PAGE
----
U.S. Ambassador Caroline Kennedy called her three years in Japan “the greatest privilege of my life” and said in a farewell video message released Monday that she hopes to come back for a visit.
Her duty will end in tandem with Donald Trump’s formal transition to the U.S. presidency on Jan. 20, Washington time.
Kennedy, the first female to serve in the role, punctuated her four-minute speech with words of gratitude for everyone from Prime Minister Shinzo Abe to the people of Japan.
She thanked Abe for his efforts to strengthen what she called an “alliance of hope” and echoed President Barack Obama’s comments on the “power of reconciliation” made in a speech at Pearl Harbor in December.
She also praised Abe for “many landmark achievements” over the past three years, an apparent reference to Obama’s historic visit to Hiroshima in May and Abe’s reciprocal visit to Pearl Harbor in December.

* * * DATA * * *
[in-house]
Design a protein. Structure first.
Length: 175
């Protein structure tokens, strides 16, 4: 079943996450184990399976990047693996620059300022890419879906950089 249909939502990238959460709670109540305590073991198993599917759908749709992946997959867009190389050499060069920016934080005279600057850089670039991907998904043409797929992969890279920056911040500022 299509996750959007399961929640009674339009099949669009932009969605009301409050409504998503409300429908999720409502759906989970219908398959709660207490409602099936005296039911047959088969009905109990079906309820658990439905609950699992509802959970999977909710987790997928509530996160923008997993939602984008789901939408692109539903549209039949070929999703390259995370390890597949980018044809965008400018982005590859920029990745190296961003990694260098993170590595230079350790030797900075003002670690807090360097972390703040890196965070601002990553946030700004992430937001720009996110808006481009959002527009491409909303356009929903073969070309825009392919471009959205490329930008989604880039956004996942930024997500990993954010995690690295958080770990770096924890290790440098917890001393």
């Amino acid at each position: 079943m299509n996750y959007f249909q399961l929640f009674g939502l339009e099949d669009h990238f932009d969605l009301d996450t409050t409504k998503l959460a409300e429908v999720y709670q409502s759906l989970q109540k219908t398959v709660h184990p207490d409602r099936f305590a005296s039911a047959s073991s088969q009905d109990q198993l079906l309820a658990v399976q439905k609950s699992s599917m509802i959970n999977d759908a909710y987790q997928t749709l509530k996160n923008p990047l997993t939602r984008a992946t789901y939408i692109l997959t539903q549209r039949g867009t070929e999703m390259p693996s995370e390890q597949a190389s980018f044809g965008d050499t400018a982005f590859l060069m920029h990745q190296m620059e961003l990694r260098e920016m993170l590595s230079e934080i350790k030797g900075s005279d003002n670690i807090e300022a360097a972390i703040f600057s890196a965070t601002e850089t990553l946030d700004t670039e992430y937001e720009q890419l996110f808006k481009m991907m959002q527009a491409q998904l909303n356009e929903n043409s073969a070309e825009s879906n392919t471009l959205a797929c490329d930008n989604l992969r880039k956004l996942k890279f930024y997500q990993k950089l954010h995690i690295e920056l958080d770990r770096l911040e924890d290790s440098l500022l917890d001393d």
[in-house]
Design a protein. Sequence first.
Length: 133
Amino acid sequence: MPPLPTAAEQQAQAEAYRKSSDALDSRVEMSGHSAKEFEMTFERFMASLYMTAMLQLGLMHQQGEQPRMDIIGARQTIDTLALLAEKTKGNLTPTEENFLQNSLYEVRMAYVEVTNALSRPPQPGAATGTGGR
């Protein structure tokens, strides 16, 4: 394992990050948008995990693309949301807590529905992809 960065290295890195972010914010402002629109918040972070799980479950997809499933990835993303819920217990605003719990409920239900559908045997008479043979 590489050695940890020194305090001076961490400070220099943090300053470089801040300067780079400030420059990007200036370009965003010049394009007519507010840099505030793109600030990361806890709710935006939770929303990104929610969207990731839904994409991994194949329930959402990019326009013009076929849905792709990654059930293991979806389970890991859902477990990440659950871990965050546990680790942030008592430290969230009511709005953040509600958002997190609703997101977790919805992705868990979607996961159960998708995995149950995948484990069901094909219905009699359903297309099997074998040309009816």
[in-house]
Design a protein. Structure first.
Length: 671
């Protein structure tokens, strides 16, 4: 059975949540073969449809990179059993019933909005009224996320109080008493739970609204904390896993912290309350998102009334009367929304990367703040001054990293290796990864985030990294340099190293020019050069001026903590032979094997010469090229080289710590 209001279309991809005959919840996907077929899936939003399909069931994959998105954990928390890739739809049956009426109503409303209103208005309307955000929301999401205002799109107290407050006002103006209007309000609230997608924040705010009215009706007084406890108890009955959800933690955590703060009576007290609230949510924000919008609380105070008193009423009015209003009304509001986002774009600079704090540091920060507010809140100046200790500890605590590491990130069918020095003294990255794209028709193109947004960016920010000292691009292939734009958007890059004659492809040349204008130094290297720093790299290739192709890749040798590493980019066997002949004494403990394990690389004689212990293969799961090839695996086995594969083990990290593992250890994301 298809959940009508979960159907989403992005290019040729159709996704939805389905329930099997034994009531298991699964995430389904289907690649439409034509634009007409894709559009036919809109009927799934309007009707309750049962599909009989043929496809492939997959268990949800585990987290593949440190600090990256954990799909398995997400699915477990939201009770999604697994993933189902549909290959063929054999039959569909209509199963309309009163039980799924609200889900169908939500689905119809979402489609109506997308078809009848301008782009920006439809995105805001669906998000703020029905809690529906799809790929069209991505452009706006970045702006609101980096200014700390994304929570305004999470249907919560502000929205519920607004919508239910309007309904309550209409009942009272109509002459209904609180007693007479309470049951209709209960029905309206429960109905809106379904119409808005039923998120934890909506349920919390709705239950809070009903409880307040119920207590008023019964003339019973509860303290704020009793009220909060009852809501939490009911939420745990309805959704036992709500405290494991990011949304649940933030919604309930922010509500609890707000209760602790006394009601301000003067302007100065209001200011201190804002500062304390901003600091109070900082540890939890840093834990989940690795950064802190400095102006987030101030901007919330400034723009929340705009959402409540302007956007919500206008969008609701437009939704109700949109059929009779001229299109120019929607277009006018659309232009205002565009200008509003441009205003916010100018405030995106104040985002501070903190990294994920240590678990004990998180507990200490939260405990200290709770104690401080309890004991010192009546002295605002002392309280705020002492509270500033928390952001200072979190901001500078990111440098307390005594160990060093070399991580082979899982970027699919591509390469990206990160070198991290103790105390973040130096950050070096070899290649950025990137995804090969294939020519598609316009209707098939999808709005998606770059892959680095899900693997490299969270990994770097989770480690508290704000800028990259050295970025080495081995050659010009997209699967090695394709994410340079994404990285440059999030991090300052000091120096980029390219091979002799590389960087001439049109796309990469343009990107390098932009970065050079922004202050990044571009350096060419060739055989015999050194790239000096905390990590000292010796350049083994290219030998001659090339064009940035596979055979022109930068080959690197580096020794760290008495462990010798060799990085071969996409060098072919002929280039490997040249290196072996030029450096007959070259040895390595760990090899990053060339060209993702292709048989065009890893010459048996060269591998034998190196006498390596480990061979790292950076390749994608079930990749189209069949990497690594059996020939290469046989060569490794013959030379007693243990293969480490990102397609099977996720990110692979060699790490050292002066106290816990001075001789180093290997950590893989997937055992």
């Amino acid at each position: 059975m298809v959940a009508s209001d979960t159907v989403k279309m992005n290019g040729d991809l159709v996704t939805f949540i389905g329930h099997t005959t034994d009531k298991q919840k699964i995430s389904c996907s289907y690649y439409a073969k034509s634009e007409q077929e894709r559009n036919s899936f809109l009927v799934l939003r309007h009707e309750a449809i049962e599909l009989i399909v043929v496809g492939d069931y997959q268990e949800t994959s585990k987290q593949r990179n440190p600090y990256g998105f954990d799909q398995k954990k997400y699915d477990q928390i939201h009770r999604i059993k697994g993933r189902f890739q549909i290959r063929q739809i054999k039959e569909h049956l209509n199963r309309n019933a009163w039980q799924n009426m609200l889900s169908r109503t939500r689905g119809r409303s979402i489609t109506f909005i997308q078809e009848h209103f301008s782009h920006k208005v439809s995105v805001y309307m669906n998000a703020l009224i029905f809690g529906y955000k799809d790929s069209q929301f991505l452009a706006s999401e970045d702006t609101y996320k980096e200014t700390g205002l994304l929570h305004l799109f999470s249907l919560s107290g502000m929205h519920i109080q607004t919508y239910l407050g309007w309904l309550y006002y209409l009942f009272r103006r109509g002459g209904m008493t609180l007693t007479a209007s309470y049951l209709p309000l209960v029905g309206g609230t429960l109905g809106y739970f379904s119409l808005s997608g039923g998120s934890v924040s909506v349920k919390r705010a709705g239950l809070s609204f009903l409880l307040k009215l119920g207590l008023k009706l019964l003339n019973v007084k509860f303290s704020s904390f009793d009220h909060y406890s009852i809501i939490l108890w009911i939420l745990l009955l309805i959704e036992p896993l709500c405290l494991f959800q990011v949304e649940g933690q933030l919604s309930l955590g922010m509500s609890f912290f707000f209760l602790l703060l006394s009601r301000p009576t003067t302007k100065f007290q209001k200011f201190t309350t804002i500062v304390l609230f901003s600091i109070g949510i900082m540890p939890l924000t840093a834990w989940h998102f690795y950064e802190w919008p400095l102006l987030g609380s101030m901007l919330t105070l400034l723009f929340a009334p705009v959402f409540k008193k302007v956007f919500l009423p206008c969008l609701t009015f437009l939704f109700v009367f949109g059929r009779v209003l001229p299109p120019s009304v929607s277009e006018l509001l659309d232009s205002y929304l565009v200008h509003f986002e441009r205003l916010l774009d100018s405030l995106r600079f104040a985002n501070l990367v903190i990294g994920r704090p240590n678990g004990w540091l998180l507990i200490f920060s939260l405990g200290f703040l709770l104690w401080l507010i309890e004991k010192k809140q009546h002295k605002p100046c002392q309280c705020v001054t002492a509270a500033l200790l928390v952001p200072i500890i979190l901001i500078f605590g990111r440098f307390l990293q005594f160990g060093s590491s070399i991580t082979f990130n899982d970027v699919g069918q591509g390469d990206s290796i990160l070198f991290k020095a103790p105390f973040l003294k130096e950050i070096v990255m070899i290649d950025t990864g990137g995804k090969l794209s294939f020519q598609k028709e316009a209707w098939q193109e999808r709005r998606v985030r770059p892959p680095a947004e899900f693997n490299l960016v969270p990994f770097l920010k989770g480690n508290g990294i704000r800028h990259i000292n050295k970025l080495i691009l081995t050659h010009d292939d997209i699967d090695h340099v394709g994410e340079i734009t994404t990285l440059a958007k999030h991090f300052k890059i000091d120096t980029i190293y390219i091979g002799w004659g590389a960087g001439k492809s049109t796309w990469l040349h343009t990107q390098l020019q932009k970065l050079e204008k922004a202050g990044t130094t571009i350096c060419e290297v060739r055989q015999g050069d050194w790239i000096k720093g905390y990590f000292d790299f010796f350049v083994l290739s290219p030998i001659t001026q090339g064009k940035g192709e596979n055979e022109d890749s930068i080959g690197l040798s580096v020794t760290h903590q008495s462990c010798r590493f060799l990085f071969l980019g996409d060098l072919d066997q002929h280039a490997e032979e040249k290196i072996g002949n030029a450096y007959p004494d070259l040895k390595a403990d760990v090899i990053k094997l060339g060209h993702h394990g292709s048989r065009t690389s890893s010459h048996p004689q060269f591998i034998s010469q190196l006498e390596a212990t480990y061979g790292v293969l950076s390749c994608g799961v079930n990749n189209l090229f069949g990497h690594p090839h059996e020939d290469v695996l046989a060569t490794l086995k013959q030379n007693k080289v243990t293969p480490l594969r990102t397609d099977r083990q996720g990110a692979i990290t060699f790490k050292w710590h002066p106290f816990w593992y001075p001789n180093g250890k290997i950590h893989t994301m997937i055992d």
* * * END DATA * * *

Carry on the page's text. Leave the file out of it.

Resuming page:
She said people in Okinawa helped her “better understand their struggle and our shared history,” adding she is “proud” that Tokyo and Washington were able to conclude a return of around 4,000 hectares of land in northern Okinawa last month — the largest such return in 30 years.
Kennedy extended her gratitude to people who helped her track down the late Tsuyako Matsumoto, who had sent a set of hina dolls to a young Kennedy in the White House in 1962 and “sparked my love of Japan.” Matsumoto passed away last year.
The clip, uploaded to YouTube by the U.S. Embassy in Tokyo, was immediately met with a deluge of comments from Japanese thanking her for her service and begging her to come back.
“You made us feel that Japan and the U.S. understand each other heart-to-heart. Thank you,” one commenter wrote.